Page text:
Two general linear models within the FILM module of FSL were used to model the data. The first model examined the neural mechanisms of repetition suppression, subsequent memory and the spacing effect. Items were separately modeled according to their repetition condition (Repetition 1 to 4), subsequent memory test outcome (Remembered vs. Forgotten), and learning condition (Massed vs. Spaced). Only characters that were recognized with high confidence scores (5 and 6 on the confidence scale) were considered as Remembered items [32]. Only characters that were judged as new with high confidence scores (1 and 2) were considered as Forgotten items. Items with a score of 3 or 4 (i.e., low confidence) were encoded as a nuisance variable. The first and last four filler characters were also encoded as a nuisance variable. Null events were not explicitly modeled, and therefore constituted an implicit baseline. For each subject, 7 contrast images were computed, including the main effects of repetition suppression (RS: 1st Rep – Rep 2–4), subsequent memory effect (SM: Remembered- Forgotten) and spaced learning (SL: Spaced - Massed), and their 2- and 3-way interactions.

The second model examined individual differences in encoding-related brain activation and their association with subsequent memory performance. All characters, regardless of being remembered or forgotten in the memory test, were encoded as one variable, separately for each repetition and each learning condition. Two contrasts, the overall activation (i.e., [1 1 1 1]) and the amplitude of neural repetition suppression (i.e., [3 −1 −1 −1]), were separately computed for massed learning and spaced learning. These activities were then correlated with individuals' behavioral performance (d′).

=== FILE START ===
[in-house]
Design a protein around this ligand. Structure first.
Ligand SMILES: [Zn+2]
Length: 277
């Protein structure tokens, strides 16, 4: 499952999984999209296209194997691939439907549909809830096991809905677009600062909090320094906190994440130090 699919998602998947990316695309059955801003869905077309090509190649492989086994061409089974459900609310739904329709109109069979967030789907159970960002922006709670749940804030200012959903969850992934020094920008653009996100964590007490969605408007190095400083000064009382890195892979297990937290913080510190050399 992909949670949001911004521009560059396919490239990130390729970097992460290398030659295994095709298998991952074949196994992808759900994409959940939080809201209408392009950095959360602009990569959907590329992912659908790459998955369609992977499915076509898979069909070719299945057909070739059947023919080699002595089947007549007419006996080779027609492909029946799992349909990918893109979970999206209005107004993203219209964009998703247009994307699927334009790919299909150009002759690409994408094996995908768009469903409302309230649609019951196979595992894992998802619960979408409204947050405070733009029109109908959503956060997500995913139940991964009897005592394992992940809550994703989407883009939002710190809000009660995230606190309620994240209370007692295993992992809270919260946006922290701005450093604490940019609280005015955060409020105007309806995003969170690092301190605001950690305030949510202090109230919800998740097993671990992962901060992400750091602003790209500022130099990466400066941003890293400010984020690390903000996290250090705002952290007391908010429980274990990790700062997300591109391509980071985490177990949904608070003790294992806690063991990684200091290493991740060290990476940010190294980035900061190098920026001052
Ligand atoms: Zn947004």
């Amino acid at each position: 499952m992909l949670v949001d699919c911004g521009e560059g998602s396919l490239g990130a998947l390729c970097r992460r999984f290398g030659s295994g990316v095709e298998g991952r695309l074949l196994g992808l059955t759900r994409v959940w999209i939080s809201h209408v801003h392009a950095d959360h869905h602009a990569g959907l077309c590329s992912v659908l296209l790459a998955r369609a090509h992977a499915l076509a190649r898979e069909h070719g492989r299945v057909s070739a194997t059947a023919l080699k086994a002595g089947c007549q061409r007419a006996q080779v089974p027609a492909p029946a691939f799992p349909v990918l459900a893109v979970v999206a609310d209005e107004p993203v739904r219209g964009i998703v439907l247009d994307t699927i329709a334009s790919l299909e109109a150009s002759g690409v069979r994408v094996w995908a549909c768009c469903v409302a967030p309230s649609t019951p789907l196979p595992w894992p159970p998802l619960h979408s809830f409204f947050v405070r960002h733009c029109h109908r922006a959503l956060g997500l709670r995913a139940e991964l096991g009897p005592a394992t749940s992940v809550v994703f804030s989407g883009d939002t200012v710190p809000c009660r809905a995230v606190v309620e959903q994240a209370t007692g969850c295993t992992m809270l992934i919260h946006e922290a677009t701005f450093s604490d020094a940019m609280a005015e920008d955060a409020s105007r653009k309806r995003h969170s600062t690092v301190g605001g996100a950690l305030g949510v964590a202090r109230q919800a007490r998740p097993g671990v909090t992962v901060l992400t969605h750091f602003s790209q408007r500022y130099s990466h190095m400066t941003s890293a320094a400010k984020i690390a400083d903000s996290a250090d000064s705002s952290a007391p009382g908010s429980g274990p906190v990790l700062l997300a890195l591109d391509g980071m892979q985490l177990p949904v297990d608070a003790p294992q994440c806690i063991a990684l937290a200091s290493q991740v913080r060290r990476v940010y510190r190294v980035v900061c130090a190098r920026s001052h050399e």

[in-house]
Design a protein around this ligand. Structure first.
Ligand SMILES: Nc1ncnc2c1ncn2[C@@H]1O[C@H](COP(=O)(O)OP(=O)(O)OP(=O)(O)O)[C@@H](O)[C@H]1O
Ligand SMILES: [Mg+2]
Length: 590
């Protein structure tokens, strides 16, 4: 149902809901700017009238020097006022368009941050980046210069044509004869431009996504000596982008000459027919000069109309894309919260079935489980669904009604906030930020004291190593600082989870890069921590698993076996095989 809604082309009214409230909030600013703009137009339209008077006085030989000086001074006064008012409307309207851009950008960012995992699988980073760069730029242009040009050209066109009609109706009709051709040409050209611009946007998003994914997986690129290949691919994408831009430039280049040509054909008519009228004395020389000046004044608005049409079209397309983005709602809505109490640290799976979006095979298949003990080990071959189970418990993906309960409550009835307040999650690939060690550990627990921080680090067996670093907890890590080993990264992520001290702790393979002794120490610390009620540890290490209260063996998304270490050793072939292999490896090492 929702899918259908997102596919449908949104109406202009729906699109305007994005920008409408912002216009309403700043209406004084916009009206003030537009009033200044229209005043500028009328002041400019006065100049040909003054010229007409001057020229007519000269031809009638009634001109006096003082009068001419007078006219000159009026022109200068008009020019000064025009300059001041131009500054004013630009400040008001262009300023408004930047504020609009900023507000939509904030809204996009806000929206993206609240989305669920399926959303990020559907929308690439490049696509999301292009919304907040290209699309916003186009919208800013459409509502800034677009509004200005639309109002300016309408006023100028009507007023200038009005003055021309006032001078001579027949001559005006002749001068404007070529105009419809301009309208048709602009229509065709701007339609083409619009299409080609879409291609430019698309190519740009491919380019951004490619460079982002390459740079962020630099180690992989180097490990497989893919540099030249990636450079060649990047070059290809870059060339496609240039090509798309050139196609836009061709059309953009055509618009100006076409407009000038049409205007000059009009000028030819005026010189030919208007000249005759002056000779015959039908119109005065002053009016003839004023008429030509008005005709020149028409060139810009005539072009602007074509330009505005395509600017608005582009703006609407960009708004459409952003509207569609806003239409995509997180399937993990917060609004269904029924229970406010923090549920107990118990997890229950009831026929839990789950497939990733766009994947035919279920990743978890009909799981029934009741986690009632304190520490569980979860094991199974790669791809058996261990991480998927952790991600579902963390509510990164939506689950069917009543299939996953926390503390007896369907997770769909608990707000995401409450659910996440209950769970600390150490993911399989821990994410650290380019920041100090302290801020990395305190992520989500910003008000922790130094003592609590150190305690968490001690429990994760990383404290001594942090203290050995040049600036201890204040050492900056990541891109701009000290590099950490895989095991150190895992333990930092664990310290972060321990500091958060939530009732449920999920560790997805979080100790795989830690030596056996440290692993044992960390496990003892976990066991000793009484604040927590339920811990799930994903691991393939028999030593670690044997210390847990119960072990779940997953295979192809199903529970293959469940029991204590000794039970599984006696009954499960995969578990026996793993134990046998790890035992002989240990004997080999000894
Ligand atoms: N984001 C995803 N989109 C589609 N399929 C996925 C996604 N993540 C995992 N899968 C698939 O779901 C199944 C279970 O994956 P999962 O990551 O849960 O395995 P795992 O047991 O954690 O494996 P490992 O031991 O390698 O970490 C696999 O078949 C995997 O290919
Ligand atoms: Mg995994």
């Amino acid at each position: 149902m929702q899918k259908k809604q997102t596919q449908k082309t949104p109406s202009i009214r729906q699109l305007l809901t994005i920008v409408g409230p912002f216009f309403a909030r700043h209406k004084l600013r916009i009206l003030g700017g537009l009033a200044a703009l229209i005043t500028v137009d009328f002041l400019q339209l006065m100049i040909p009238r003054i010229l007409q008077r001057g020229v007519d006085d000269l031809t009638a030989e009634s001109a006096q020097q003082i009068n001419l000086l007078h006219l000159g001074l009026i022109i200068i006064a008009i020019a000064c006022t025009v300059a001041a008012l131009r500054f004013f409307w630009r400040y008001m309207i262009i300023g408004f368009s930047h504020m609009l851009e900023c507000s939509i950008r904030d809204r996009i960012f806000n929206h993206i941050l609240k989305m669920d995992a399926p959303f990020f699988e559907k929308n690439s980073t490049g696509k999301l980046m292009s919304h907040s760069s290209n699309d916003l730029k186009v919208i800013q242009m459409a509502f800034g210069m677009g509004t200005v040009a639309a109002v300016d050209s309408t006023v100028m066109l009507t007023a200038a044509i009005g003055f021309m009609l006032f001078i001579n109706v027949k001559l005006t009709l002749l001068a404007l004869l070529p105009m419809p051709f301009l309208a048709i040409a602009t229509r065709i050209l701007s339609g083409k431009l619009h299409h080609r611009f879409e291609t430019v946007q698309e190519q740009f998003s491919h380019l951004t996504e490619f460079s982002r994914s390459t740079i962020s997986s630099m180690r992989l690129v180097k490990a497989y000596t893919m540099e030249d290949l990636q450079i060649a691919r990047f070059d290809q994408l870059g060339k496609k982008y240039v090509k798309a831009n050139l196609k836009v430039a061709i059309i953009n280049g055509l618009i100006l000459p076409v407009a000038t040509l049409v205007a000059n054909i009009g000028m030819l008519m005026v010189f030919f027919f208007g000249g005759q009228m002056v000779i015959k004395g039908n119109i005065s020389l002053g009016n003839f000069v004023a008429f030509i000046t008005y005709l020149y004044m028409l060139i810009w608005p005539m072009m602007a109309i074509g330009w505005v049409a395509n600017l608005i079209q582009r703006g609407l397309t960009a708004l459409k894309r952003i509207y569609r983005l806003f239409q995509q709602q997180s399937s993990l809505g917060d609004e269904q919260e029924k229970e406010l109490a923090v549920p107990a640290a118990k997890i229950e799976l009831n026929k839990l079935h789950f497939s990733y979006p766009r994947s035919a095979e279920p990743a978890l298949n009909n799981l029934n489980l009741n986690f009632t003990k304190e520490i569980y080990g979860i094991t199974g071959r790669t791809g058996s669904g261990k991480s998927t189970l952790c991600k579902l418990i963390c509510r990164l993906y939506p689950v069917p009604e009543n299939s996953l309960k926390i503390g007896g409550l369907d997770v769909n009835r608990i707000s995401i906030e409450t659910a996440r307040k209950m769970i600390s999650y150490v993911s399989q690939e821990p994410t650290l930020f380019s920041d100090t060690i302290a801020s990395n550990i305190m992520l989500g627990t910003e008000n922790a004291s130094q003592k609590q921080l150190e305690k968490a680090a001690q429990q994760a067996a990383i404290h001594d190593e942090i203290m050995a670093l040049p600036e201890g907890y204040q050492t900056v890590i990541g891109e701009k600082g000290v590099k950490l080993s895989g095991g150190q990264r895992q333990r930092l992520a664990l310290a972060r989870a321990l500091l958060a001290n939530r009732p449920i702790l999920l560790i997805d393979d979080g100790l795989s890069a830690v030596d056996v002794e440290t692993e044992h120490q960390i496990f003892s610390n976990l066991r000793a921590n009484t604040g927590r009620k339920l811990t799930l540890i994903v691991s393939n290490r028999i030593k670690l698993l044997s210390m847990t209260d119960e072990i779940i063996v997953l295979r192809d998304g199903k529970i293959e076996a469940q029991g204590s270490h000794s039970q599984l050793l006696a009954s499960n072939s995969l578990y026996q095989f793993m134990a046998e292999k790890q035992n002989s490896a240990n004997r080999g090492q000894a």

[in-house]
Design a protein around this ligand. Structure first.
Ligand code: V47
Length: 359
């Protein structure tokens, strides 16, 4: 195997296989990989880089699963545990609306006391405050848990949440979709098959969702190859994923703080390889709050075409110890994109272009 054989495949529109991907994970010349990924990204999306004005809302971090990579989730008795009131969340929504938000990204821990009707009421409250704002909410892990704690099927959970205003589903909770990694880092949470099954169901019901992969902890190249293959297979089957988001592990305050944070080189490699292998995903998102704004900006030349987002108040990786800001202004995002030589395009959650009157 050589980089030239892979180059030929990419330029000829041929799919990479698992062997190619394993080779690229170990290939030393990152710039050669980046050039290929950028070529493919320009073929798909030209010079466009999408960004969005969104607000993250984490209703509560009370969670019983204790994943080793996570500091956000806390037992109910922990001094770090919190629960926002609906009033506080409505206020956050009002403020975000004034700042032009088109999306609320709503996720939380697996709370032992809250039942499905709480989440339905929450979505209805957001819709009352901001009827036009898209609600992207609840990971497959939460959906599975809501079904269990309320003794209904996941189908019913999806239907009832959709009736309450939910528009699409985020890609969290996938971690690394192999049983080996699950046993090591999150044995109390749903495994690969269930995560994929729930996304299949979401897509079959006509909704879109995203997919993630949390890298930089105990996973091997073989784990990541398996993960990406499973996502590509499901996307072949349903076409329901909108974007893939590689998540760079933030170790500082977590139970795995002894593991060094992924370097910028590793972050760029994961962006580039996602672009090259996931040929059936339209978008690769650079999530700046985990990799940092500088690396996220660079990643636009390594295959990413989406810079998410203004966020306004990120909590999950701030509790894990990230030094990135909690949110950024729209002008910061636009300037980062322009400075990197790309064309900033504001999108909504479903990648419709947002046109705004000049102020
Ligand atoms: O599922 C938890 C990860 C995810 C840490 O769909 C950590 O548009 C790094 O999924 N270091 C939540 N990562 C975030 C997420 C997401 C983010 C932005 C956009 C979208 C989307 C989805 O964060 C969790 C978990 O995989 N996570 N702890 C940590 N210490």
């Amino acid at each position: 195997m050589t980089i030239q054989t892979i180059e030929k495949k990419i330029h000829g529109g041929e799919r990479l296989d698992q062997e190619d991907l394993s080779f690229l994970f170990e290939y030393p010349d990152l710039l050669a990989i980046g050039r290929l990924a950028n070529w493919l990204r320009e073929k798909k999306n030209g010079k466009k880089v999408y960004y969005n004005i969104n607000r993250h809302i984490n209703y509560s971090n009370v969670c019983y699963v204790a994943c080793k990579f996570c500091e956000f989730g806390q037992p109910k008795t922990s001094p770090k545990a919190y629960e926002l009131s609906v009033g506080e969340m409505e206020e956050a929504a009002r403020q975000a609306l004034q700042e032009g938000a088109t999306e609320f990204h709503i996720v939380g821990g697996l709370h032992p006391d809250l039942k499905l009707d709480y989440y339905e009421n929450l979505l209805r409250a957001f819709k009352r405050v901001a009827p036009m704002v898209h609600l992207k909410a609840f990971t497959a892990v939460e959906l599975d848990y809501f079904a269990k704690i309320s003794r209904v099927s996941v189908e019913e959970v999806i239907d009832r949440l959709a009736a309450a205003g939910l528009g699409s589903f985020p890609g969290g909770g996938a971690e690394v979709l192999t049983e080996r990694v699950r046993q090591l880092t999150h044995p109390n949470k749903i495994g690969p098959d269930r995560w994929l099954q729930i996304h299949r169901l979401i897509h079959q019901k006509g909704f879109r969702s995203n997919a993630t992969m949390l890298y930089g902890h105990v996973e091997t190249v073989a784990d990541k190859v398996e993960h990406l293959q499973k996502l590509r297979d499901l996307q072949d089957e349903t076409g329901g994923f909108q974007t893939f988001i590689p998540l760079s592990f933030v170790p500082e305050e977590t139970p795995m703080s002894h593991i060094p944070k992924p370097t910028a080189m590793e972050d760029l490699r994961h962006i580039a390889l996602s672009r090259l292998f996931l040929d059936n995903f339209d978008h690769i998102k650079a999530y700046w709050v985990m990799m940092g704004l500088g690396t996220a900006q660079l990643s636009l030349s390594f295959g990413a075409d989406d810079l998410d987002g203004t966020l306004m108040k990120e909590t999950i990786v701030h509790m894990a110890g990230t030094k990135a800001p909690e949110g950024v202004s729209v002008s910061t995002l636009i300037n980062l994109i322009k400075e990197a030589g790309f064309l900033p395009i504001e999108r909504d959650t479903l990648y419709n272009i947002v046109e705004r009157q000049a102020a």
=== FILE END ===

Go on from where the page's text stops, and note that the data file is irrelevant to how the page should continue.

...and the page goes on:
Using a fixed-effects model, the higher-level analyses created cross-run contrasts for a set of contrast images for each subject. These contrast images were then input into a random-effects model for group analysis, using ordinary least squares (OLS) estimation. For the second model, individuals' discriminability index (d′) was added as a covariant to examine the relationship between encoding-related brain activities and individuals' subsequent memory performance. Group images were thresholded using cluster detection statistics, with a height threshold of Z>2.3 and a cluster probability of p<0.05, corrected for whole-brain multiple comparisons using Gaussian Random Field Theory (GRFT).

Conjunction Analysis